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U.S. Open: With many big names out with injuries, teenagers are making a huge impact in the tournament

Leylah Fernandez reacts during her match against Angelique

Leylah Fernandez reacts during her match against Angelique Kerber during the fourth round of the U.S. Open at the USTA Billie Jean King National Tennis Center on Sunday. Credit: Kathleen Malone-Van Dyke

For a good part of the past decade, the biggest names in tennis have also been the oldest.

The game has been dominated by players in their late 20s and 30s. Fans have invested years rooting for Roger Federer, Rafael Nadal, Novak Djokovic and Serena Williams, while fretting what the sport was going to do without them.

Well, fret no more. With all of the big legends except for Djokovic sitting out this year’s U.S. Open, we are getting a good glimpse at the future of tennis. And the result has been an impressive youth explosion.

For the first time in recent memory, three teenagers have made the quarterfinals of the U.S. Open.

Great Britain’s 18-year-old Emma Raducanu became the latest teen to clinch a spot in the final eight, after absolutely destroying Shelby Rogers, 6-2, 6-1, on Monday. She became just the third qualifier to reach the quarterfinals in the professional era.

Raducanu joins Canadian 19-year-old Leylah Fernandez, who reached the final eight after competing consecutive upsets of Naomi Osaka and Angelique Kerber, and 18-year-old Carlos Alcaraz of Spain, who followed his stunning victory over No. 3 Stefanos Tsitsipas with a comeback win against Peter Gojowczyk to reach the quarterfinals.

Alcaraz is the youngest player in the Open era to reach the U.S. Open men’s quarterfinals. This also marks the first time that two teenagers have reached a U.S. Open women’s quarterfinal since 2009, when Caroline Wozniacki, Yanina Wickmayer and Melanie Oudin did it.

Raducanu said on the court after her big win on Monday that she was inspired by the wins of her fellow teenagers.

"It definitely plays a part. I wanted to join them as well," she said. "But everyone had their own trajectory and I’m so happy to focus on my game and get into the quarterfinals."

Raducanu, who is ranked 150th in the world, has a chance to become the first qualifier ever to make it to the semifinals in the U.S. Open if she can get past 25-year-old Belinda Bencic on Wednesday.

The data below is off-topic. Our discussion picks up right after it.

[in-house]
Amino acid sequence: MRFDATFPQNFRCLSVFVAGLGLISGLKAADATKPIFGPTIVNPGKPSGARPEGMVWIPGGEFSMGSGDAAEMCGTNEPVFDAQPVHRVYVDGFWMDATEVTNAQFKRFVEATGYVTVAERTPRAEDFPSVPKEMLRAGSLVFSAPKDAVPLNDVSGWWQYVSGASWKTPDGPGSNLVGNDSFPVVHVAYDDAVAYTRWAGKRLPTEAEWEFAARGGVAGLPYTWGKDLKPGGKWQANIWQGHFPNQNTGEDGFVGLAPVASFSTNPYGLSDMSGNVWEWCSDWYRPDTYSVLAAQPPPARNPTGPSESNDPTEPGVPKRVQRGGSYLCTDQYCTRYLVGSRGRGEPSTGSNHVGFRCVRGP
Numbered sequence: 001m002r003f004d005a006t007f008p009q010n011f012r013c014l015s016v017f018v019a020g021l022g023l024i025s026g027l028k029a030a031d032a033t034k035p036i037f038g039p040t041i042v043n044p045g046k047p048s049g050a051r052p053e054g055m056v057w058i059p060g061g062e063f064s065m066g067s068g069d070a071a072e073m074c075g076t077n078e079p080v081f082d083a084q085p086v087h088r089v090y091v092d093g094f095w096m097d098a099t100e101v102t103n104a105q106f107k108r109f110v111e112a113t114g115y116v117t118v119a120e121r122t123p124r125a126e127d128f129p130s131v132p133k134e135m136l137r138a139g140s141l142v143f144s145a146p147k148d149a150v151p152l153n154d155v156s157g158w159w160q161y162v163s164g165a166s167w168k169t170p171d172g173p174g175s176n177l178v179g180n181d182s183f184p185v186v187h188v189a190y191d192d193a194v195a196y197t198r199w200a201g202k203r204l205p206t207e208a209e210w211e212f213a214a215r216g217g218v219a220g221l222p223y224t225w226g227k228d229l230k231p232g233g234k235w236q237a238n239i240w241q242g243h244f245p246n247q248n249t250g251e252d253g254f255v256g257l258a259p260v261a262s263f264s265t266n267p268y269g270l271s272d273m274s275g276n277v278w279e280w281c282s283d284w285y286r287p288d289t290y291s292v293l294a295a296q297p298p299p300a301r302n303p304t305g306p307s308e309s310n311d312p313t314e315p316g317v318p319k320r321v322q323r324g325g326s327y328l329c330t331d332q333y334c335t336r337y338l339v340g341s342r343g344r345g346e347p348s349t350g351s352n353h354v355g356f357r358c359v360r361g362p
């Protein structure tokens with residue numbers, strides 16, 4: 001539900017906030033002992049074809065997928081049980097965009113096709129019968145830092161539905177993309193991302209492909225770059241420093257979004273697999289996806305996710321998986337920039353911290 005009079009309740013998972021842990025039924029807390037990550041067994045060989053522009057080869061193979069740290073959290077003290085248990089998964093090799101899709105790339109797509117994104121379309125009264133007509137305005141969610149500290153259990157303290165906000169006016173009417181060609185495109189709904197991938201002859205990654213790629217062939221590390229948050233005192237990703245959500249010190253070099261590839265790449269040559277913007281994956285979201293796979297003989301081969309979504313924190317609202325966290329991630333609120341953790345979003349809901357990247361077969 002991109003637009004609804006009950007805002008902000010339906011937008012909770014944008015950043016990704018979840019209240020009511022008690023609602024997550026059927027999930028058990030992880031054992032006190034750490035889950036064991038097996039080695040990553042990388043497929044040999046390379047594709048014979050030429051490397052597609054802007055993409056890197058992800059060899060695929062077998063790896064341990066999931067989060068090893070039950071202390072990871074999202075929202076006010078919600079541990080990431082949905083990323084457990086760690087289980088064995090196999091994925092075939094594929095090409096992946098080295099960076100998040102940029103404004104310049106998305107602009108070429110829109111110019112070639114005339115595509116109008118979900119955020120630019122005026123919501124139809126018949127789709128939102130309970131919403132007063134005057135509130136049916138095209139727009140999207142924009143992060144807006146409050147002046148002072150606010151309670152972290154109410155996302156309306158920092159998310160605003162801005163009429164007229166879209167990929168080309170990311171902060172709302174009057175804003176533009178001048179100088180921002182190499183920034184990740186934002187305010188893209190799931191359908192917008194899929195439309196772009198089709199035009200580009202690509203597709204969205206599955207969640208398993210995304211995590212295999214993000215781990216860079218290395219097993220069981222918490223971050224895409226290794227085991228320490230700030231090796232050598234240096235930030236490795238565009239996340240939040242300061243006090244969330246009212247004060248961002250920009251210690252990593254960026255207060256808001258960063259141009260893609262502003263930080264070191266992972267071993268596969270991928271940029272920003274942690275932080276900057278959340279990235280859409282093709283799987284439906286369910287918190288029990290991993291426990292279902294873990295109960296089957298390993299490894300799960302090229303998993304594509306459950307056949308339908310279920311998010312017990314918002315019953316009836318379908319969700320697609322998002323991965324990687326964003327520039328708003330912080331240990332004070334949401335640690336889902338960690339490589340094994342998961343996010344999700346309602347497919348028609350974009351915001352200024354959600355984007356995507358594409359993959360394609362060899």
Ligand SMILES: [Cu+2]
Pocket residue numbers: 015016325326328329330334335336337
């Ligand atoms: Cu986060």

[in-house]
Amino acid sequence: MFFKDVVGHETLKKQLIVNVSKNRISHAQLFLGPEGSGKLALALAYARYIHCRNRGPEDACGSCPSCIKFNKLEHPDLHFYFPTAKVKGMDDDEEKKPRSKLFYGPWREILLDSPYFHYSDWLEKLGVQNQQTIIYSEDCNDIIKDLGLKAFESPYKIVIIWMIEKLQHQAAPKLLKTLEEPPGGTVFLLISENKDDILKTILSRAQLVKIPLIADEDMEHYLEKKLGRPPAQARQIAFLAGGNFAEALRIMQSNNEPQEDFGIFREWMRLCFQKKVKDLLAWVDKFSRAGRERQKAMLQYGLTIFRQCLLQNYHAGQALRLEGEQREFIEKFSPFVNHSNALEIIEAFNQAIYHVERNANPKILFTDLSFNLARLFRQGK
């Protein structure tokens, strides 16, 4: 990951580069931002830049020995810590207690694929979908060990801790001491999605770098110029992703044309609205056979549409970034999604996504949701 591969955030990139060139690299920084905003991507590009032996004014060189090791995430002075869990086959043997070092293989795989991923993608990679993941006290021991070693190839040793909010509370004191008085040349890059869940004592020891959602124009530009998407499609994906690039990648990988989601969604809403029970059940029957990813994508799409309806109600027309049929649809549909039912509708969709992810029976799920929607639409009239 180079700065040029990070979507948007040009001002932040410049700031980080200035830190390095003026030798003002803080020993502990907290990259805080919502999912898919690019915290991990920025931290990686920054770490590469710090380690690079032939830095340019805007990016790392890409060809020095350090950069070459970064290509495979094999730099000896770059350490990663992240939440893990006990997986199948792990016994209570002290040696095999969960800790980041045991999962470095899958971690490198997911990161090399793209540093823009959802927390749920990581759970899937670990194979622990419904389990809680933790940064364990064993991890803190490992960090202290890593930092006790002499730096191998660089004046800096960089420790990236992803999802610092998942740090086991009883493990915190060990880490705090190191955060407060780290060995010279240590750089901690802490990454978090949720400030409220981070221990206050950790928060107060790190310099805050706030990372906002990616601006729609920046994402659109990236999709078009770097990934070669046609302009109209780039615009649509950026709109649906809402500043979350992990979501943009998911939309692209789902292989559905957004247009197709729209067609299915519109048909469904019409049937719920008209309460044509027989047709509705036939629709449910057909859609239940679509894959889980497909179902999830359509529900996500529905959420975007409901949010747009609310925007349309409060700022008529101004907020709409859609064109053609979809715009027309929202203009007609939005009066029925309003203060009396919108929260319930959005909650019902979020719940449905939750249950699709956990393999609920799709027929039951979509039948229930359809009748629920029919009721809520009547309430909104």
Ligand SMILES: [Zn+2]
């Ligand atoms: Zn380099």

On the morning of their fourth-round matches Sunday, Fernandez and Alcaraz posed together holding "I [heart character] New York" T-shirts. Two days earlier, the two had both toppled No. 3 seeds in back-to-back matches in Arthur Ashe Stadium with Fernandez knocking off Naomi Osaka, the defending champion.

The two young players clearly feel like they are a part of something special and get their inspiration from one another.

"Honestly the Alcaraz match gave me motivation and gave me the energy to do the same," Fernandez revealed in an interview with ESPN. "I saw his match and I saw the way he won, and I'm like: I'm gonna do that next now!"

Fernandez, ranked 73rd in the world entering the tournament, believes all three are pushing one another and sending out a message to the rest of the tennis world.

"Seeing all these teenagers, the youngsters doing so great at the US Open and the other tournaments, too is also eye-opening I think to the world, to the tennis world, because there is not only like one group of tennis players," Fernandez said after her three-set upset of Osaka with a three-set upset of German Angelique Kerber Sunday. "There is a new wave of younger generations that are coming up and just trying to make an impact in the tennis game as much as they can."

Perhaps it should be no surprise we are seeing this.

While the biggest storyline may be Novak Djokovic’s bid to win a record 21st Grand Slam this season, his path and everyone else’s is a lot more open at the Open than it has been in a long time without Federer and Nadal to contend with. With Williams pulling out of the tournament and Osaka having struggled this season, there had also been more opportunity on the women’s side.

It’s possible that older players are feeling the pressure of that opportunity, while the teenagers –with decades ahead of them – can play as if they have nothing to lose.

Stay tuned.

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